Republican Christian heritage ad: How not to do political marketing

Democrat vs. Republican on whiteThe goal for any marketing campaign is to get attention to whatever it is you’re trying to get attention to, and to prod a specific action as a form of reaction. In that context, let’s look at the ad insert in the News Leader in Staunton from Augusta County Republicans.

“Preserve our Christian Heritage! Vote Republican!” screams the headline on the insert placed in Thursday’s paper.

The Leader wrote a story about the ad, which you could view as a positive, at first glance, in the form of, Hey, we spent x number of dollars on the ad, and we got front-page news coverage as a bonus, so good on is.

But this is where things start to get out of control from the marketing standpoint. The story quoted voters critical of the message tying religion to a particular political party and candidates defending the ad in the context of their personal religious views.

If you subscribe to the dictum that any publicity is good publicity, that you shouldn’t care what people write about you, as long as they spell your name right, you’re OK with a dirty back-and-forth over a campaign ad being aired on the front page of the local paper five days before an election.

Then there’s the law of unintended consequences. The goal was to fire up the base to vote for Republican candidates. The unintended effect here is to fire up everybody else.

Think through this with me for a minute. Augusta County is about as red as any locality in America; the county votes 70 percent-plus for Republicans in statewide elections. The Nov. 3 elections are off-year elections, with nothing up-ticket like a presidential race or governor’s race to get the masses thinking about going out to the polls.

The sexy race on the ballot on Tuesday is a four-candidate sheriff race. There are other contests: for commonwealth’s attorney, and for three House of Delegates seats, with the Republican incumbents in those facing nominal opposition.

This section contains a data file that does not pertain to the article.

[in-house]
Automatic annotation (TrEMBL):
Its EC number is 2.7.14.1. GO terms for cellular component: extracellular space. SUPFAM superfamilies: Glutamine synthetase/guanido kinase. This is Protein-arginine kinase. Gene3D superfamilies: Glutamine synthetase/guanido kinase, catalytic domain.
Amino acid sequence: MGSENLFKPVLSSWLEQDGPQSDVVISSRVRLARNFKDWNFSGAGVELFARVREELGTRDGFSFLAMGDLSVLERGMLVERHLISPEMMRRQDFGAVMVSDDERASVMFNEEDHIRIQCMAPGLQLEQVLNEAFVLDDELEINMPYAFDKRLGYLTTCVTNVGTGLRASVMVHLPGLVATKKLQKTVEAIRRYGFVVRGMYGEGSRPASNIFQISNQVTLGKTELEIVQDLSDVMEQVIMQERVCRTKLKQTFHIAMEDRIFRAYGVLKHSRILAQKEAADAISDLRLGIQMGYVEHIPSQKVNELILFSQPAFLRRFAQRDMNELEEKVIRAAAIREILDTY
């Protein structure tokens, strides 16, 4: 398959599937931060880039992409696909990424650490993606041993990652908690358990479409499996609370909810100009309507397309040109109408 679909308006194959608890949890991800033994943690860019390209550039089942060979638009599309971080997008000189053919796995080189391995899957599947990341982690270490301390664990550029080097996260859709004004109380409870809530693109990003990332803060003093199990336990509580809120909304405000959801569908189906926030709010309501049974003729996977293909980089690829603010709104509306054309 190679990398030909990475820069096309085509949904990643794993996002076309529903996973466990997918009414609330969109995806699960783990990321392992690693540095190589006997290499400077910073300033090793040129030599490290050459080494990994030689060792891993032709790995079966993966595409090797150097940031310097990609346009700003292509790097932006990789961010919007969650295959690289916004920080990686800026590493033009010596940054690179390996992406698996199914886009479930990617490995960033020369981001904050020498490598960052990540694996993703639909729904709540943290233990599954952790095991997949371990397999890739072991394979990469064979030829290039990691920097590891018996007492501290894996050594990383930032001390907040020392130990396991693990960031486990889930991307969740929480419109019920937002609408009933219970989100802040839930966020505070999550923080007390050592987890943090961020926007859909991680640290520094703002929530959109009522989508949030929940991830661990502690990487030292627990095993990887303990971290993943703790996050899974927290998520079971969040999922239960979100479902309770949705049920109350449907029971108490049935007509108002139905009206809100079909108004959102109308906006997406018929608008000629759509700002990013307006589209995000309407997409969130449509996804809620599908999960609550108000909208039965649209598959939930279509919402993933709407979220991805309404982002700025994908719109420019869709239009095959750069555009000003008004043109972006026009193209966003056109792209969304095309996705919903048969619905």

Turnout is going to be light, and largely driven by that sheriff race, which is not a partisan race, even with one of the candidates, Derek Almarode, being listed as the Republican nominee.

By and large, Republican voters have been the ones energized, if that’s even the right word, about the upcoming elections.

Now you throw this ad insert into the mix, the intent being to remind Republican voters to remember to vote, but the delivery of the message muddies the waters.

If you’re a Christian Democrat, now you have motivation to go out and vote on Tuesday, to send a message. If you’re an independent agnostic, ditto that.

I don’t expect a flood of Democrats and independents to flock to the polls on Tuesday to throw the local House elections, but I wouldn’t dismiss the possibility that there could be an impact on the sheriff race and the Commonwealth attorney race, both of which, to me, are in the too-close-to-call category.

Back to our definition of marketing from above: an effort to get attention to whatever it is you’re trying to get attention to, and to prod a specific action as a form of reaction.

Attention to the election: check. Specific action in the form of voting for Republican candidates: epic fail.

– Analysis by Chris Graham

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